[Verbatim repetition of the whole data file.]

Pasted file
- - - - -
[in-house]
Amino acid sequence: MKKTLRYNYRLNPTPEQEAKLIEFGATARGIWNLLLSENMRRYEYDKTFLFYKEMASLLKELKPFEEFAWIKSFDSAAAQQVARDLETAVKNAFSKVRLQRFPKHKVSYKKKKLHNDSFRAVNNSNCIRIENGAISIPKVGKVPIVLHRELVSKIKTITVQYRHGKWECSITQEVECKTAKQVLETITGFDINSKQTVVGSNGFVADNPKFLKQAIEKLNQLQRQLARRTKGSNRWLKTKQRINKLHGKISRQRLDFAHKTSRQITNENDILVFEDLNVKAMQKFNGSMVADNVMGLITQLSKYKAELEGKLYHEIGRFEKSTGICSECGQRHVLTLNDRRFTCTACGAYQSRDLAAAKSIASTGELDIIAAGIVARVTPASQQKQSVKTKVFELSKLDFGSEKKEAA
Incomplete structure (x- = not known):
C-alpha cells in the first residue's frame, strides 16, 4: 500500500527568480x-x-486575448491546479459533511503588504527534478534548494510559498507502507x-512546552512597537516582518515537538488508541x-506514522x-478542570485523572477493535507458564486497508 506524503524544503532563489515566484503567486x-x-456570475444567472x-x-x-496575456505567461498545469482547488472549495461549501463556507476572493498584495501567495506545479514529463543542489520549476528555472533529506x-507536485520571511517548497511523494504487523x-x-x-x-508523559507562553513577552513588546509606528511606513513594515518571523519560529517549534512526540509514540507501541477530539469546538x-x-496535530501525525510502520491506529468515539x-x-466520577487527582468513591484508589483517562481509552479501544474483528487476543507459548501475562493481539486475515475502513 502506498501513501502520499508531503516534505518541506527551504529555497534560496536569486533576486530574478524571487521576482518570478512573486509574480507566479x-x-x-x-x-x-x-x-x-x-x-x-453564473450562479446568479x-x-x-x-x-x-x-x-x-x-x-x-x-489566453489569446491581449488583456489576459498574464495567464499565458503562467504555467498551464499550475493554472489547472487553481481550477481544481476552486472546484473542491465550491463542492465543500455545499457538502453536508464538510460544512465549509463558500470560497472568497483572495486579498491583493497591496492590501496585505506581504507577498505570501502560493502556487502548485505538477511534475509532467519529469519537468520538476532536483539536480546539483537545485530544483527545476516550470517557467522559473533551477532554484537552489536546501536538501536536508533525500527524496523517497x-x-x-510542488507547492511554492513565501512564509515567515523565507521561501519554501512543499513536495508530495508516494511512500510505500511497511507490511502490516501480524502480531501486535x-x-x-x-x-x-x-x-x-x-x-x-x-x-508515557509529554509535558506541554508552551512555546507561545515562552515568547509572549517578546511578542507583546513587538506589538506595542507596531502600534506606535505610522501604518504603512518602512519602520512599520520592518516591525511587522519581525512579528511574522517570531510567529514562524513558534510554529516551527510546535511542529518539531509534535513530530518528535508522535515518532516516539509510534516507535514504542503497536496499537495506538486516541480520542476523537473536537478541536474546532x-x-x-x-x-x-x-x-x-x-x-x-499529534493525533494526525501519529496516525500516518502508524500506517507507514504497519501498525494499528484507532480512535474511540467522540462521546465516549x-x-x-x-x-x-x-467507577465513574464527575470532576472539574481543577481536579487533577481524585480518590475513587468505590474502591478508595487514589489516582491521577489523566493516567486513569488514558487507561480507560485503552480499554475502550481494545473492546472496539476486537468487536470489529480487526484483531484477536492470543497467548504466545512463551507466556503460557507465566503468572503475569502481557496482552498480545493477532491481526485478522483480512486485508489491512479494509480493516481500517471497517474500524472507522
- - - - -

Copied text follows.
[in-house]
Amino acid sequence: MKKTLRYNYRLNPTPEQEAKLIEFGATARGIWNLLLSENMRRYEYDKTFLFYKEMASLLKELKPFEEFAWIKSFDSAAAQQVARDLETAVKNAFSKVRLQRFPKHKVSYKKKKLHNDSFRAVNNSNCIRIENGAISIPKVGKVPIVLHRELVSKIKTITVQYRHGKWECSITQEVECKTAKQVLETITGFDINSKQTVVGSNGFVADNPKFLKQAIEKLNQLQRQLARRTKGSNRWLKTKQRINKLHGKISRQRLDFAHKTSRQITNENDILVFEDLNVKAMQKFNGSMVADNVMGLITQLSKYKAELEGKLYHEIGRFEKSTGICSECGQRHVLTLNDRRFTCTACGAYQSRDLAAAKSIASTGELDIIAAGIVARVTPASQQKQSVKTKVFELSKLDFGSEKKEAA
Incomplete structure (x- = not known):
C-alpha cells in the first residue's frame, strides 16, 4: 500500500527568480x-x-486575448491546479459533511503588504527534478534548494510559498507502507x-512546552512597537516582518515537538488508541x-506514522x-478542570485523572477493535507458564486497508 506524503524544503532563489515566484503567486x-x-456570475444567472x-x-x-496575456505567461498545469482547488472549495461549501463556507476572493498584495501567495506545479514529463543542489520549476528555472533529506x-507536485520571511517548497511523494504487523x-x-x-x-508523559507562553513577552513588546509606528511606513513594515518571523519560529517549534512526540509514540507501541477530539469546538x-x-496535530501525525510502520491506529468515539x-x-466520577487527582468513591484508589483517562481509552479501544474483528487476543507459548501475562493481539486475515475502513 502506498501513501502520499508531503516534505518541506527551504529555497534560496536569486533576486530574478524571487521576482518570478512573486509574480507566479x-x-x-x-x-x-x-x-x-x-x-x-453564473450562479446568479x-x-x-x-x-x-x-x-x-x-x-x-x-489566453489569446491581449488583456489576459498574464495567464499565458503562467504555467498551464499550475493554472489547472487553481481550477481544481476552486472546484473542491465550491463542492465543500455545499457538502453536508464538510460544512465549509463558500470560497472568497483572495486579498491583493497591496492590501496585505506581504507577498505570501502560493502556487502548485505538477511534475509532467519529469519537468520538476532536483539536480546539483537545485530544483527545476516550470517557467522559473533551477532554484537552489536546501536538501536536508533525500527524496523517497x-x-x-510542488507547492511554492513565501512564509515567515523565507521561501519554501512543499513536495508530495508516494511512500510505500511497511507490511502490516501480524502480531501486535x-x-x-x-x-x-x-x-x-x-x-x-x-x-508515557509529554509535558506541554508552551512555546507561545515562552515568547509572549517578546511578542507583546513587538506589538506595542507596531502600534506606535505610522501604518504603512518602512519602520512599520520592518516591525511587522519581525512579528511574522517570531510567529514562524513558534510554529516551527510546535511542529518539531509534535513530530518528535508522535515518532516516539509510534516507535514504542503497536496499537495506538486516541480520542476523537473536537478541536474546532x-x-x-x-x-x-x-x-x-x-x-x-499529534493525533494526525501519529496516525500516518502508524500506517507507514504497519501498525494499528484507532480512535474511540467522540462521546465516549x-x-x-x-x-x-x-467507577465513574464527575470532576472539574481543577481536579487533577481524585480518590475513587468505590474502591478508595487514589489516582491521577489523566493516567486513569488514558487507561480507560485503552480499554475502550481494545473492546472496539476486537468487536470489529480487526484483531484477536492470543497467548504466545512463551507466556503460557507465566503468572503475569502481557496482552498480545493477532491481526485478522483480512486485508489491512479494509480493516481500517471497517474500524472507522